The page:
What does successful collaboration look like in the construction sector?

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The government has set itself the demanding challenge of building 300,000 new homes by 2022; however, a number of long-standing issues within the construction sector are still acting as roadblocks to tangible progress. In order to deliver on housing supply, through a more efficient, productive and aspirational construction sector, the industry requires wholesale innovation and collaboration

Kim Vernau, CEO at BLP Insurance, highlights the key points raised at an interactive discussion organised for industry peers on the need for collaboration and innovation in the construction industry, with a particular emphasis placed on offsite construction. Guest speaker, Alex Notay, Director of Product and Service Innovation at Places for People, one of the UK’s largest development, regeneration and management companies, provided valuable insight from the perspective of creating effective community outcomes through successful collaboration. This paper summarises her speech on this subject.

Why collaborate?

Collaboration is defined as ‘the action of working with someone to produce something’ or, alternatively, ‘traitorous cooperation with an enemy’. Too often within the construction industry the latter meaning is borne out. Contrasted with other sectors such as aerospace or automotive engineering, the dissonance between the closely related construction industry and the real estate market is stark. Combined with other issues, such as a lingering image problem, ageing workforce and the uncertainty of Brexit, it is clear that the industry is in need of galvanisation.

The first area requiring much-needed attention is the outdated contracting model, which needs to adapt to become broader, holistic and fit-for-purpose. One route to improving this would be through shared investment in industrywide innovation as modelled by so many other sectors i.e. aviation.

Private and public sector cooperation

There is too often a perception that the public sector is slow, bureaucratic and doesn’t understand commercial realities. On the other hand, the private sector is often stereotyped as rapacious, profit focussed and as having no regard for the needs of communities. Whilst flaws exist on both sides, ultimately a dynamic shift is needed in the way public and private sectors cooperate.

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In recent years, local authorities have seen their budgets decimated. This has led to the migration of skills and knowledge to the private sector and a greater need for public sector bodies, including government agencies and housing associations, to partner with private sector providers. This should act as positive encouragement for local authorities to form lasting, genuine partnerships that can benefit both parties.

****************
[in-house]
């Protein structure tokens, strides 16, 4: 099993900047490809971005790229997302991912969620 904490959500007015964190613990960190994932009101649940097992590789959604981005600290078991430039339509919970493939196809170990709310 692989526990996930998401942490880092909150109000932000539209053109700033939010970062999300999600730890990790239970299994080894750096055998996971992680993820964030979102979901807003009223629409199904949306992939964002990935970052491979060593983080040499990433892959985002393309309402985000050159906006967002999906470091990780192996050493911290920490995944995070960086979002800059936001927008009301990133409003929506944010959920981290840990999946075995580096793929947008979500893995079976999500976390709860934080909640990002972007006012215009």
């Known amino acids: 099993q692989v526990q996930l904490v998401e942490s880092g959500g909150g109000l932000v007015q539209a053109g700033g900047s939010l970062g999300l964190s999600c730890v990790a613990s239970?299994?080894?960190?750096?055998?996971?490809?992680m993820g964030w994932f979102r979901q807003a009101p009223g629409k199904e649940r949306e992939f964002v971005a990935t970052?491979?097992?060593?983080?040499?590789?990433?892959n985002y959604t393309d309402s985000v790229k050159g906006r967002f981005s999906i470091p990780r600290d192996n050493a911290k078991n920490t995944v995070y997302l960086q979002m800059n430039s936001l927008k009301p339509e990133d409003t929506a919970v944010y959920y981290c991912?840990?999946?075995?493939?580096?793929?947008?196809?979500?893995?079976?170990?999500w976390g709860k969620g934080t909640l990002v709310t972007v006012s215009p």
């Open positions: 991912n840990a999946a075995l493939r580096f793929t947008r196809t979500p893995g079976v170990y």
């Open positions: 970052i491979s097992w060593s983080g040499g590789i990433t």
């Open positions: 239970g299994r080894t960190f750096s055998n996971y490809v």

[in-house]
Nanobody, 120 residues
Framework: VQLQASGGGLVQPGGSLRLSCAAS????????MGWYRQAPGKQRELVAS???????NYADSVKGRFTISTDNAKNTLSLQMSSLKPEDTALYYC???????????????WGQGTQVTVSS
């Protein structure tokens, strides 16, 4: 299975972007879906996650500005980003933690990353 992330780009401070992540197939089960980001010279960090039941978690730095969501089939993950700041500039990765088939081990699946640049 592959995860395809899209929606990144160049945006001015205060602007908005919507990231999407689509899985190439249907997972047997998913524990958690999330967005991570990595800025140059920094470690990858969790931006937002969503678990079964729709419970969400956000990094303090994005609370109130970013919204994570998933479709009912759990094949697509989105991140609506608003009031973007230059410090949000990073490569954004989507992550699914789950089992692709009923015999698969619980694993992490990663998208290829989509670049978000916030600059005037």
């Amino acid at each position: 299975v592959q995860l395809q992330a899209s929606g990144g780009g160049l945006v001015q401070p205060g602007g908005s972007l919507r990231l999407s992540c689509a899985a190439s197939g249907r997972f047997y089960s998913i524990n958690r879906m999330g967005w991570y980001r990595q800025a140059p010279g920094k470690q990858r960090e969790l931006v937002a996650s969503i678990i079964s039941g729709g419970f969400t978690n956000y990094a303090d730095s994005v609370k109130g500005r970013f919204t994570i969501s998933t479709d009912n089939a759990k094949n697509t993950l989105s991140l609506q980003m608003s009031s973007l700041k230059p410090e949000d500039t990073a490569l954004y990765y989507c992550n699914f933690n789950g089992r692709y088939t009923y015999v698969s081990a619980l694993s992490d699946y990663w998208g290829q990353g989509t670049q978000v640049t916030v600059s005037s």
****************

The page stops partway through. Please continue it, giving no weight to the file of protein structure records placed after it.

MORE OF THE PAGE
The role of SMEs

In most European countries, approximately 33% of housing output is delivered through SMEs, whereas in the UK 98% of housing output is from the top ten volume housebuilders. Putting structures in place to provide genuine sub-structural support for SME builders and developers could be one of the biggest game changers in the industry. SME developers have the capacity to build at quality, to cost, and in a timely manner. By enabling this through the local authority planning process and access to finance could provide a tangible boost in terms of hitting housing targets. While the government already recognises the value SMEs can bring to its housing ambitions, progress in this area will require serious collaboration and dialogue which has traditionally been absent.

A scalable problem

At present, only 15% of UK construction capacity goes towards UK housing and a shift in focus from other areas of the industry is needed. The industry is simply not exploiting its potential to deliver housing. There has been a noticeable influx of global investment into the sector through an increased institutional appetite for ‘beds’ and rental asset classes, from student, to PRS, Build to Rent and retirement. In addition, modular technology brings with it a real opportunity to build smart, efficient and cost-effective homes at scale.

Build to Rent (BTR) in particular, offers the potential to deliver homes on a mass scale, enabling communities to be planned and run effectively. BTR can offer greater choice to a lifestyle renter but also to those people who, may not be able to get onto housing ownership ladder either as soon as they’d like or potentially ever. Genuinely high-quality experiences are sadly not the norm in a poorly-regulated private rented sector, particularly for the ‘squeezed middle’. BTR communities, constructed to a mass scale using offsite and modular construction, is not a silver bullet, and will only ever be a component part of the wider PRS, but could help alleviate a significant proportion of the burden of the current housing shortage.

Data sharing